VOICES FROM THE FIRE: John Chinaka Onyeche

MY FATHER WORE GRIEF AS A GARMENT.

Today my father cuts his hair low,

he looks older & tired. 

i can see it from his eyes, 

myriad of life’s untold tales.

i am looking through his private diaries locked up & hidden,

maybe i will be lucky to see some of good recorded memories 

of himself on what life was like to him while growing up. 

there is this big box full of Bibles, 

from where he wrote our names, –

with each passage our names are engraved – 

and a special prayer points attached to it. 

he had brought this box to my mother as a gift,  

when they both settled their last quarrel, –  

which i believe he holds it dear to this Bible and box, 

as they lived the rest of their lives separated. 

when i reckon of how much i have been through, 

i think of how much my father has lived to endure

as the result of the ill felted marriage with my mother, 

as all i could see written on his face are scars of griefs.

I doubt it, if god knows how much 

my father has been able to endure within himself, 

everyday remembrance of us, – hands him over to grief; 

& he evaporates like mist each without our knowledge.

today, my father cuts his hair low to mourns 

his ill felted marriage with my mother

& his grief, he wore as a garment.

There Is A Good Day To Write About Our Memories

Yesterday, I took out the bottle of dye I found 

under the bed in my grandmother’s hut, 

and I drew with it – a triangle on my heart. 

In that triangle, I engraved the memories –  

of my life as a pilgrim – who is a survival of 

myriad of life’s experiences as a child. 

Outside this triangle, I wrote myriad of names, 

some were those who – in my life on earth 

have played one role or the other hand – alive or dead. 

As I tried to limit the names for the next day to come, 

for what I have written here is the beginning-in my heart, 

it is what I can hold out today, as the triangle expands. 

& as I held out my hands to draw on my heart, 

it all became visible, the words of my grandmother, 

she had once told me, there is a dye to write memories.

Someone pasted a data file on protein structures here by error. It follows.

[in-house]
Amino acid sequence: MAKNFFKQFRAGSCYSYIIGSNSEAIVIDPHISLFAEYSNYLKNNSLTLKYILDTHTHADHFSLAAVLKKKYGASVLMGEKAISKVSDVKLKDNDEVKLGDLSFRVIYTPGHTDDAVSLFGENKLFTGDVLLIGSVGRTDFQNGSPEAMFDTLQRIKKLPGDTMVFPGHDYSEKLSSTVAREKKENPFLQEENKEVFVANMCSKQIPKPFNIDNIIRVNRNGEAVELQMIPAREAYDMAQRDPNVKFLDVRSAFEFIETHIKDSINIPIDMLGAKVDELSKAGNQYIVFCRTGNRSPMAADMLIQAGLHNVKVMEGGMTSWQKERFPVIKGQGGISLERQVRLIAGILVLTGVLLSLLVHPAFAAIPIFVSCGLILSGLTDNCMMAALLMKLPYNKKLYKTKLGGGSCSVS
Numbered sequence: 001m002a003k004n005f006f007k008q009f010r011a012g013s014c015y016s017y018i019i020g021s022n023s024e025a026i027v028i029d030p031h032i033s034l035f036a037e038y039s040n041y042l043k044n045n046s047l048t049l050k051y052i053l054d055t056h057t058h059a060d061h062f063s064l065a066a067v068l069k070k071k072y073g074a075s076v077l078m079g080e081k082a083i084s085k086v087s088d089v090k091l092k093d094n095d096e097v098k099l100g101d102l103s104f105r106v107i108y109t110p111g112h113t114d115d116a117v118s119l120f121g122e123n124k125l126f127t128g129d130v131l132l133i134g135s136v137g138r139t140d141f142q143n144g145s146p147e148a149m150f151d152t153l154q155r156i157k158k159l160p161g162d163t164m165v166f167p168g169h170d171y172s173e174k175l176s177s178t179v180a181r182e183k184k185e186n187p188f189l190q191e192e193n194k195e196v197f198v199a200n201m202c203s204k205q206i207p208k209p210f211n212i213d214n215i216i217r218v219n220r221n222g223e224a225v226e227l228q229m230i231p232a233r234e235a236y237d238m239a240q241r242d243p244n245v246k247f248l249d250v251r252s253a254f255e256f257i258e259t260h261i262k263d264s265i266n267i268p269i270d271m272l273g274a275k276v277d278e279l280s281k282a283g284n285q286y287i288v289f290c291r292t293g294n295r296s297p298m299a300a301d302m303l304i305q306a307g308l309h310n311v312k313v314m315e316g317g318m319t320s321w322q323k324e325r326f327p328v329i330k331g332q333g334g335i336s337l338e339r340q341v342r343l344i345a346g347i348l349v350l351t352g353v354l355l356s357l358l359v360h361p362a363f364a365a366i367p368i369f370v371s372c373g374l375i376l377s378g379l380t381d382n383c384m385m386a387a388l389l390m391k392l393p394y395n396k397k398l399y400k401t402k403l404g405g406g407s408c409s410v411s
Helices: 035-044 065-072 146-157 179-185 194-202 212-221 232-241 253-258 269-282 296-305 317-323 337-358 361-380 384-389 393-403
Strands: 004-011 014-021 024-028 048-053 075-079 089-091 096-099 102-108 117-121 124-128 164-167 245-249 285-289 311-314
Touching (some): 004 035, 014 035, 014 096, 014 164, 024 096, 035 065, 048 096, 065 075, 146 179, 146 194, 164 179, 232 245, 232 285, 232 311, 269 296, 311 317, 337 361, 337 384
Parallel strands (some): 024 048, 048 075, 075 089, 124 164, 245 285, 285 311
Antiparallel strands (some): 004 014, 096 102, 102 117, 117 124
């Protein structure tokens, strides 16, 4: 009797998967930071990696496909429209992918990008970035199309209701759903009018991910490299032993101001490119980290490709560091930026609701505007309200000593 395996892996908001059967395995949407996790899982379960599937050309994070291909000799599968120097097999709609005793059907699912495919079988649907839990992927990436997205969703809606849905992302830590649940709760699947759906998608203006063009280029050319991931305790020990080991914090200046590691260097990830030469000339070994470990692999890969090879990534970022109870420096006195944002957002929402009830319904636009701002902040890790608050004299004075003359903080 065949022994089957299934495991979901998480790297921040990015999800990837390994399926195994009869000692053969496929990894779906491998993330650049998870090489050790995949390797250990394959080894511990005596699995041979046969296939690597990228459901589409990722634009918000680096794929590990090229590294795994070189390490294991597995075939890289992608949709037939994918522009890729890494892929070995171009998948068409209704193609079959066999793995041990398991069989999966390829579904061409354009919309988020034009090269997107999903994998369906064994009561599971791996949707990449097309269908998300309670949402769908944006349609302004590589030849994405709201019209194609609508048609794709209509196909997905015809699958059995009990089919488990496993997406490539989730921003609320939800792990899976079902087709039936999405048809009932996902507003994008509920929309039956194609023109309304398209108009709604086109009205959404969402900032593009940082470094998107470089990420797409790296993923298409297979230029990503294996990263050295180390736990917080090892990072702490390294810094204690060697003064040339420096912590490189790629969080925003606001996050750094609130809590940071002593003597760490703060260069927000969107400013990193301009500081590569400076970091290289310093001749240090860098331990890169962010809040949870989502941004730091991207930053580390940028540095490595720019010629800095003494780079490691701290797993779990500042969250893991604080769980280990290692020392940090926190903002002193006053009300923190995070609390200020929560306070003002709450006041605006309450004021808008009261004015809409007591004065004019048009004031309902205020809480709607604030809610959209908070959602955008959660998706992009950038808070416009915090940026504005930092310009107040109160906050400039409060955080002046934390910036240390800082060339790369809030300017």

Out of my curiosity as a growing grandchild, 

I visited her hut every cool evening with oozing winds, 

and she would say, there is a good day to write memories

of those life has blessed us with – though they are not here,

this dye is specially meant to be used in writing in our hearts, 

except for such moments, the dye stays hidden from the eyes.

I reached out my hands yesterday under her bed, 

in that her small hut after many years of her death, 

I am blessed to have found the dye for which I am using now – 

To write about my memories with her, 

our times together is what I am about to write here,

as it started from the gathering of clouds that rained.

For you 

I am becoming a watchman 

To watch over your inks that flow into tiny air 

For you, 

I am becoming an African

From the Southern tip of Africa

For you, 

I am becoming the first inhabitant of the Cape

For you, 

I am becoming the first owner of the land 

For you, 

I am becoming the first race known as the San 

For you, 

I will go with my bands into the forest and pick wide berries

For you, 

I have become the hunter and gatherers 

For you, 

We will go into the mountains and pick pebbles

Each man on his bands, we will gather up stones 

For you, 

We will return to use the stones to make you a grave 

For you died a hero in the land of your so journal 

For you, 

We will use our stones to build you a grave. 

Leave a Reply

Fill in your details below or click an icon to log in:

WordPress.com Logo

You are commenting using your WordPress.com account. Log Out /  Change )

Google photo

You are commenting using your Google account. Log Out /  Change )

Twitter picture

You are commenting using your Twitter account. Log Out /  Change )

Facebook photo

You are commenting using your Facebook account. Log Out /  Change )

Connecting to %s

%d bloggers like this: